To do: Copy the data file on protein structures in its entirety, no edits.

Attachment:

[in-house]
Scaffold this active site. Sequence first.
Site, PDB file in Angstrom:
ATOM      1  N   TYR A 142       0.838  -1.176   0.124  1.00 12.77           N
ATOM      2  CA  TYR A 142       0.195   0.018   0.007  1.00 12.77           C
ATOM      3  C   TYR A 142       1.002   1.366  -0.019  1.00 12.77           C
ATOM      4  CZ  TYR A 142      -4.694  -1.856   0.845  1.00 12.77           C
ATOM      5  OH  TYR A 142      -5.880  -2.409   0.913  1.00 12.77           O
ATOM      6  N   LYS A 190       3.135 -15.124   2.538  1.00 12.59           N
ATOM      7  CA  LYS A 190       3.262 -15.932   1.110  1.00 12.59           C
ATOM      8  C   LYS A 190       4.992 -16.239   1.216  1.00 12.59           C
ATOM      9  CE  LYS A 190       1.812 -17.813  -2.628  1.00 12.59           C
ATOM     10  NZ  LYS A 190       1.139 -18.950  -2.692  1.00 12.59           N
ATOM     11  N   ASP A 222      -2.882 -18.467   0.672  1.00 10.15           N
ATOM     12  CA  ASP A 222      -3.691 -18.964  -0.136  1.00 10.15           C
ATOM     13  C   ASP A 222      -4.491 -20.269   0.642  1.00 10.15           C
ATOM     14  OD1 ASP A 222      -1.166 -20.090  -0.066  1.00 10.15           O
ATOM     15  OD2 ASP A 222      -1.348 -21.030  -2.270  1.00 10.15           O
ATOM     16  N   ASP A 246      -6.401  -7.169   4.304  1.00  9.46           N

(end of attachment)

[in-house]
Scaffold this active site. Sequence first.
Site, PDB file in Angstrom:
ATOM      1  N   TYR A 142       0.838  -1.176   0.124  1.00 12.77           N
ATOM      2  CA  TYR A 142       0.195   0.018   0.007  1.00 12.77           C
ATOM      3  C   TYR A 142       1.002   1.366  -0.019  1.00 12.77           C
ATOM      4  CZ  TYR A 142      -4.694  -1.856   0.845  1.00 12.77           C
ATOM      5  OH  TYR A 142      -5.880  -2.409   0.913  1.00 12.77           O
ATOM      6  N   LYS A 190       3.135 -15.124   2.538  1.00 12.59           N
ATOM      7  CA  LYS A 190       3.262 -15.932   1.110  1.00 12.59           C
ATOM      8  C   LYS A 190       4.992 -16.239   1.216  1.00 12.59           C
ATOM      9  CE  LYS A 190       1.812 -17.813  -2.628  1.00 12.59           C
ATOM     10  NZ  LYS A 190       1.139 -18.950  -2.692  1.00 12.59           N
ATOM     11  N   ASP A 222      -2.882 -18.467   0.672  1.00 10.15           N
ATOM     12  CA  ASP A 222      -3.691 -18.964  -0.136  1.00 10.15           C
ATOM     13  C   ASP A 222      -4.491 -20.269   0.642  1.00 10.15           C
ATOM     14  OD1 ASP A 222      -1.166 -20.090  -0.066  1.00 10.15           O
ATOM     15  OD2 ASP A 222      -1.348 -21.030  -2.270  1.00 10.15           O
ATOM     16  N   ASP A 246      -6.401  -7.169   4.304  1.00  9.46           N